Publishers Weekly
This inspired pairing of two top picture book biographers tells the story of Aaron Lansky, an -all-American boy- (a Star Trek poster decorates his bedroom) who in college became convinced that Yiddish books represented the -portable homeland- of the Jewish people. With Yiddish dying out after the Holocaust and little mainstream support (-Yiddish was a language whose time had passed-), Lansky learned the language, then began saving Yiddish books any way he could. He pulled nearly 5,000 out of a dumpster and accepted -one book at a time- from elderly owners (-We didn-t eat much,- one book donor tearfully tells him, -but we always bought a book. It was a necessity of life-). Founded in 1980, Lansky-s Yiddish Book Center in Amherst, Mass., is today home to 1.5 million rescued books and is a hub of Yiddish studies. Innerst (Ruth Bader Ginsburg), who notes in an afterword that his illustrations were inspired by Chagall, contributes dramatic, textural acrylic and gouache images, with sculptural figures, expressionistic settings, and the deep, rich tones of vintage book bindings. Evoking both a lost past and an urgent present, they-re a marvelous complement to the journalistic, propulsive narrative by Macy (Motor Girls). Ages 5-8. (Oct.)

School Library Journal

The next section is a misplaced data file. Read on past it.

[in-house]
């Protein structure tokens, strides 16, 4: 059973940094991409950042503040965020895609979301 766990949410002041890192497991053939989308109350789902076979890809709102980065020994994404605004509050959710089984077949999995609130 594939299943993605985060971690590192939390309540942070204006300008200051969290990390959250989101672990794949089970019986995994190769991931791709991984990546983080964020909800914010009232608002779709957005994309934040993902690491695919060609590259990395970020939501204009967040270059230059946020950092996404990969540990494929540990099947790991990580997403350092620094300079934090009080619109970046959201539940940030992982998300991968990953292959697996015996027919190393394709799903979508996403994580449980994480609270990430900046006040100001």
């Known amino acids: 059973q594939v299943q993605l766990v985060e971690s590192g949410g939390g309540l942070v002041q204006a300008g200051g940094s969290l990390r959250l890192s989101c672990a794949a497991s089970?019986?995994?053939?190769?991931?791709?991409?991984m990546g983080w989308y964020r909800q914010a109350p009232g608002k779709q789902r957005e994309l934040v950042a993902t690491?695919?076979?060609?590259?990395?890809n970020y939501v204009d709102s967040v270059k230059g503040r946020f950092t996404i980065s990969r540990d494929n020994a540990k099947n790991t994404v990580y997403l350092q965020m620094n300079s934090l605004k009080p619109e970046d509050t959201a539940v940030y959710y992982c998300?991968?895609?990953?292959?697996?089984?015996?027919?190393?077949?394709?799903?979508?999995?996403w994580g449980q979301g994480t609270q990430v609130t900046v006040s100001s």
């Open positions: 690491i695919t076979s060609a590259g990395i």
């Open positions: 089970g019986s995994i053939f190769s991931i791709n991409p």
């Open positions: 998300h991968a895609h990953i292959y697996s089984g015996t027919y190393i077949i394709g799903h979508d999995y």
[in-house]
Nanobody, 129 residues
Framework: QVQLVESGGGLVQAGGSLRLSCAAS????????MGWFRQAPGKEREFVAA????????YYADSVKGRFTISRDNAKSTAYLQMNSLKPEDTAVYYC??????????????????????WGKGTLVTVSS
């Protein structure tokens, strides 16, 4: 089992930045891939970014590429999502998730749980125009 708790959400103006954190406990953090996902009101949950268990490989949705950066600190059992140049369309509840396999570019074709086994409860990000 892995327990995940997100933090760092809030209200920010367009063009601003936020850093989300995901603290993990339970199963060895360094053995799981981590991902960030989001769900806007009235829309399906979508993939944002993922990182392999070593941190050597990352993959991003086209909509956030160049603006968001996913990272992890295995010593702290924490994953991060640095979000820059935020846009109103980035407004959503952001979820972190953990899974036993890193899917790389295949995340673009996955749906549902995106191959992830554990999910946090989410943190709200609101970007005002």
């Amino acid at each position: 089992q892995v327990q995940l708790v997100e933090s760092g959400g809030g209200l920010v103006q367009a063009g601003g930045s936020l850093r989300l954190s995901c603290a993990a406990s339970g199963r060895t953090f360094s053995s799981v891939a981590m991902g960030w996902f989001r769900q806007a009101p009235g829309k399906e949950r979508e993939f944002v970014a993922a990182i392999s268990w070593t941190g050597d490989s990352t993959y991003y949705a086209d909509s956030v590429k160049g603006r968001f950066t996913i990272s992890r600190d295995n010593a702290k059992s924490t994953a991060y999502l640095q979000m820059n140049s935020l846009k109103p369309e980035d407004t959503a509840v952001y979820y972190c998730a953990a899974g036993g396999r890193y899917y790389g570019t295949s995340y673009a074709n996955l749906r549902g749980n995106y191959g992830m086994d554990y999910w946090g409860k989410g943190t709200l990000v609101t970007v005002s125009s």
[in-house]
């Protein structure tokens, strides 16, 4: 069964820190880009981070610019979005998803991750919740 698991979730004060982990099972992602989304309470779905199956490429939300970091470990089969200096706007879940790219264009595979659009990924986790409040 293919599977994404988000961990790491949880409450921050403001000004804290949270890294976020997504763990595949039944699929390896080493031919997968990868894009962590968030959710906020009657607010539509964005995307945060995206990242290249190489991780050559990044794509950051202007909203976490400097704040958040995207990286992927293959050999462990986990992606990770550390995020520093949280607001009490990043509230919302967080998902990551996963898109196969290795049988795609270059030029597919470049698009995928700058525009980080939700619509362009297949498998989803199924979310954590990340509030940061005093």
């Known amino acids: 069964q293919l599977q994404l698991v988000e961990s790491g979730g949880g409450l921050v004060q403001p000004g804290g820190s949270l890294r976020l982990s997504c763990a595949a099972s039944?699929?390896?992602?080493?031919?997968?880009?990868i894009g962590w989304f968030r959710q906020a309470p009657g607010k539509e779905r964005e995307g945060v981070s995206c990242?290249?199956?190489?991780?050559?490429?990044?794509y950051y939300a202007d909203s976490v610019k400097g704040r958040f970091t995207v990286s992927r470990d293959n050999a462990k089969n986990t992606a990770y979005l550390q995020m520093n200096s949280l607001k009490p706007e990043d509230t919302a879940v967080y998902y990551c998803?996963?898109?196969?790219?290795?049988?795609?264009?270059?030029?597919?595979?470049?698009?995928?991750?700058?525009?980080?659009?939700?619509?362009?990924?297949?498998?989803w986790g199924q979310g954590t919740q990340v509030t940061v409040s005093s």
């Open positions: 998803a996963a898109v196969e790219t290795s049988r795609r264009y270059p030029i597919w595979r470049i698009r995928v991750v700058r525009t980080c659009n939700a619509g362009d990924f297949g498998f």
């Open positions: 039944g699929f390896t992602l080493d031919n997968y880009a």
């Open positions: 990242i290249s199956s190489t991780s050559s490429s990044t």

Gr 14 Aaron Lansky could not forget what his grandmother told him as a child. At the age of 16, she immigrated to the United States from Eastern Europe. In his twenties, Lansky decided to find out more about his grandmother's stories, which set him on a journey to learn how to speak and read Yiddish and to also locate Yiddish books. The result is the Yiddish Book Center in Amherst, MA. Lansky's story is a fascinating one, filled with book rescues and meeting older people who not only treasure books but what they represent. His disappointments and rewards in pursuing this passion are well portrayed. The narrative is both informative and engaging and includes Yiddish words, many of which have been incorporated into English. All appear in a glossary. An afterword by Lansky himself brings the Center and his work up to date. Illustrations intentionally call to mind the bold line and semi-abstraction of Russian-born artist Marc Chagall. VERDICT A potentially valuable addition to both school and public libraries as well as Jewish schools. Echoing Carole Boston Weatherford's Schomburg: The Man Who Built a Library , the book's narrative shows that pursuing interests can lead to meaningful and long-lasting results. Maria B. Salvadore, formerly at District of Columbia Public Library